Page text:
Hearing From God

1 Kings 18:41-46

If we were asked to choose an example for our prayer life, it's not likely that we would select Elijah.
Elijah was a mighty prophet of God, and I am not.
Elijah was a mighty worker of miracles, and I certainly am not.
So, somehow we put Elijah in a place to where he is in another league.
But that is not how the New Testament remember him.

James 5:17-18 is an illuminating passage of Scripture, and one of which we can learn a lot about prayer.
Let's remember two things about James.
The epistle of James has more to say about the doctrine of prayer than any other New Testament epistle.
The book of James is bathed with the action of prayer.

James was nicknamed "Camel knees" by the early church.
He was called this because his knees were so callous from his incessant praying.
And as we read James, it is obvious that James was greatly influenced by the prayers of Elijah.

James 5:17 states that "Elijah was a man just like us.
He prayed earnestly
…"
It is interesting to note that the Word of God does not say, "Elijah was a mighty prophet of God,
and he prayed.
It does not say "Elijah was a mighty worker of miracles, and he prayed."
It says, "Elijah was a man just like us."

He had problems.
He had perplexities.
He had fears.
He had doubts.
He had frustrations.

But he prayed – that's what made him different.
That's why James selects him as an example of prayer.
We can be like Elijah and James in our prayer life.

Now let's go back to 1 Kings 18, and see Elijah communicating with God.
This is not the first time, we read of his prayer life.
Elijah had prayed that it might not rain.
Prayer preceded his encounter with King Ahab.
On Mount Caramel, it was prayer that brought down the descending fire.

Now we remember the descending nonstop rain upon the earth.
God had promised that it would rain: "After a long time, in the third year,
the word of the Lord came to Elijah:
'Go and present yourself to Ahab, and I will send rain on the land
.'" (18:1)

If God promised to send rain, why pray?
Prayer is the hand that translates promise into performance.
God not only ordains the end, He also ordains the means.

It is not a question of coming to a reluctant God in an attempt to persuade Him to do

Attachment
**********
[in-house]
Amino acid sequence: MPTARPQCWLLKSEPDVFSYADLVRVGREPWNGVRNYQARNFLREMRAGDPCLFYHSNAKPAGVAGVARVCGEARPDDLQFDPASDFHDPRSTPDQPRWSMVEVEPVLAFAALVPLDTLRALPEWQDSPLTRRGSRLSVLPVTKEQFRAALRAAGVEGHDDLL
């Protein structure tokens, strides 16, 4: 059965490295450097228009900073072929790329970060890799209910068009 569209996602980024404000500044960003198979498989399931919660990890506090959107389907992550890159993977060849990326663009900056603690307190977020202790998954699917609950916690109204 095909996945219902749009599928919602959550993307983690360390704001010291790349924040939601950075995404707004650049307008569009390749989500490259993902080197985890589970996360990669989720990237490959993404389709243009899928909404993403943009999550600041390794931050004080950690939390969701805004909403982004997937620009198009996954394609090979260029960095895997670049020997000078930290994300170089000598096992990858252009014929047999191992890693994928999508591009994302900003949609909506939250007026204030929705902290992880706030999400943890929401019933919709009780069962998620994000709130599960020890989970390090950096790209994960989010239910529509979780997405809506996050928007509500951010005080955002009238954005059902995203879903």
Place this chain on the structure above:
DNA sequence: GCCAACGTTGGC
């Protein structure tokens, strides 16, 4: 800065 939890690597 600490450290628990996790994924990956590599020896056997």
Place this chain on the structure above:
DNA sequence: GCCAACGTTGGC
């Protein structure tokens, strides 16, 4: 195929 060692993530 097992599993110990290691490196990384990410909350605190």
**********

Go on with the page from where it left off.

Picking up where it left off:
what He really does not want to do.
It is a matter of coming to God with a consciousness that we are dependent individuals.

Prayer is the realization that our need is not partial – it is total.
Here is an interesting little couplet that I have read:
"When I try, I fail.
When I trust, He succeeds."

There is a world of theology in that little couplet.
The Christian life is not a matter of trying – it is a matter of trusting.
It is the recognition that the believing life is not difficult – it is impossible,
apart from a supernatural commission.

There are three characteristics of Elijah's prayer life of which we should pray
that the Spirit of God will weave into the threads of our lives.

First, The Earnestness of His Prayer

"And Elijah said to Ahab, 'Go, eat and drink, for there is the sound of a heavy rain.'" (Verse 41)
We will see in a subsequent verse that there were no clouds in the sky.
How can you hear the sound of a heavy rain when there is not a cloud in the sky?
That's the ear of faith.
The ears of faith hears when you cannot see.

Then in verse 42 we read, "So Ahab went off to eat and drink [note the contrast],
but Elijah climbed up to the top of Mount Carmel, bent down to the ground
and put his face between his knees
."

The text mentions the posture, I believe, not because this is to be the pattern,
but because the posture is the outward evidence of inward earnestness.
Remember that our Lord in the Garden of Gethsemane prostrated himself on the ground when he cried,
"If it is possible, may this cup be taken from me. Yet not as I will, but as you will." (Matthew 26:39)
His position was a reflection of the attitude of His heart.

James says "He prayed earnestly."
This can be quite literally translated, "He prayed in His prayer."
That is a good habit.
Very few of us do that.

Isn't it refreshing to listen to a new convert pray?
Such as a prayer from Jim to God: "Lord, this is Jim.
I met you last Thursday night.
Forgive me, Lord, because I cannot say it the way the rest of these people do,
but I want to tell you the best I know how – I love you, Lord. Amen
."

And Jim ignited the prayer meeting.
Everybody else was praying with all the clichés in the jargon that we have learned,
and after a while he might be praying like everyone else.
But he prayed.

God delights to react to the earnestness of the believing heart.

Now the second characteristic of Elijah's prayer life is the expectation of his prayer.

If you underline three statements in three verses, you will see the story of an answer to prayer.
1. In verse 43, underline the statement, "There is nothing there."
2. In verse 44 we read, "A cloud as small as a man's hand is rising."
3. In verse 45 we read, "A heavy rain came on."

First there was nothing, and then a small cloud, and then a heavy rain.
And what was the key?
Elijah prayed expectantly.

"Go and look towards the sea," he told his servant.
And he went and looked, and he said "there is nothing there."
Seven times Elijah said, "Go back"

The seventh time the servant reported that "a cloud as small as a man's hand is rising in the sea."
So Elijah said, "Go and tell Ahab, 'Hitch up your chariot, and go down before the rain stops you.".